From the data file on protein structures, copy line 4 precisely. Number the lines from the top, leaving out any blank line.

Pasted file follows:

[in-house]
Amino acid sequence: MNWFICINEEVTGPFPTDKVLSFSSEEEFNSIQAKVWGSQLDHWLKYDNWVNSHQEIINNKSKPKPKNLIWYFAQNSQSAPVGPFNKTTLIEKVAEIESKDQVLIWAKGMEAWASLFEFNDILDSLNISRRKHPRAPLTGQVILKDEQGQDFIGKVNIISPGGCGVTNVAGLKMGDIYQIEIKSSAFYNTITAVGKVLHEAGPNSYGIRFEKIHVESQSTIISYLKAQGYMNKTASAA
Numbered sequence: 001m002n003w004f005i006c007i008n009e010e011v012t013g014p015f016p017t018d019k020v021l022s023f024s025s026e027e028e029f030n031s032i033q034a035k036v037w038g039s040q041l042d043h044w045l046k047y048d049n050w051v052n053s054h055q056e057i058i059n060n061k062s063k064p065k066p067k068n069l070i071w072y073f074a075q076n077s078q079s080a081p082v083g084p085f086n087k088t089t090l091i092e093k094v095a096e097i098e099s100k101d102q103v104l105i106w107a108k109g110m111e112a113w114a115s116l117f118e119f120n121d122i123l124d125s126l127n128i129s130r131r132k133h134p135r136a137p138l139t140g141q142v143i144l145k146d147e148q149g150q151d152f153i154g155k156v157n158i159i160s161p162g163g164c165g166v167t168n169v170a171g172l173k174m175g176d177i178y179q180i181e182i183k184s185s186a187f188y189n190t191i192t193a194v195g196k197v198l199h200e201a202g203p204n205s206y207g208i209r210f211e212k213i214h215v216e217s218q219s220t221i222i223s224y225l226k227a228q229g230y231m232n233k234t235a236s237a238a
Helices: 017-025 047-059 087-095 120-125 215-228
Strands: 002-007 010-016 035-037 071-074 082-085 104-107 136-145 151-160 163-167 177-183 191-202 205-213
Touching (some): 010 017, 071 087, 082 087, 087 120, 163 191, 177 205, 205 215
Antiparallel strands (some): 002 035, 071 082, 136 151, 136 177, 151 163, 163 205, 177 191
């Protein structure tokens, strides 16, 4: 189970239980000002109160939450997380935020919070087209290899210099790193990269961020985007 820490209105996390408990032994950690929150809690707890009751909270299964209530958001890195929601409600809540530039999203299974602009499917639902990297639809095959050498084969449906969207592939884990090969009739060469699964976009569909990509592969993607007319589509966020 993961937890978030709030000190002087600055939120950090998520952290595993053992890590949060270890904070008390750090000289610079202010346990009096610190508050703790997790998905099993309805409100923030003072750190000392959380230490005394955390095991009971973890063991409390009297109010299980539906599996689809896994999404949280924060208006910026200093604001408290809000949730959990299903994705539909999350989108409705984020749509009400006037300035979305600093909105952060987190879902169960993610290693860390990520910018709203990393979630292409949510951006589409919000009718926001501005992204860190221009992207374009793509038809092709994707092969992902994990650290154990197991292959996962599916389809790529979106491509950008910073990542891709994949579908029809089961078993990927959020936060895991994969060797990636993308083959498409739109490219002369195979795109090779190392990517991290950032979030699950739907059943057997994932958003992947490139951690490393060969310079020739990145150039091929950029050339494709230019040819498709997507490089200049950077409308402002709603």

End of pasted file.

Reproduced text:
Helices: 017-025 047-059 087-095 120-125 215-228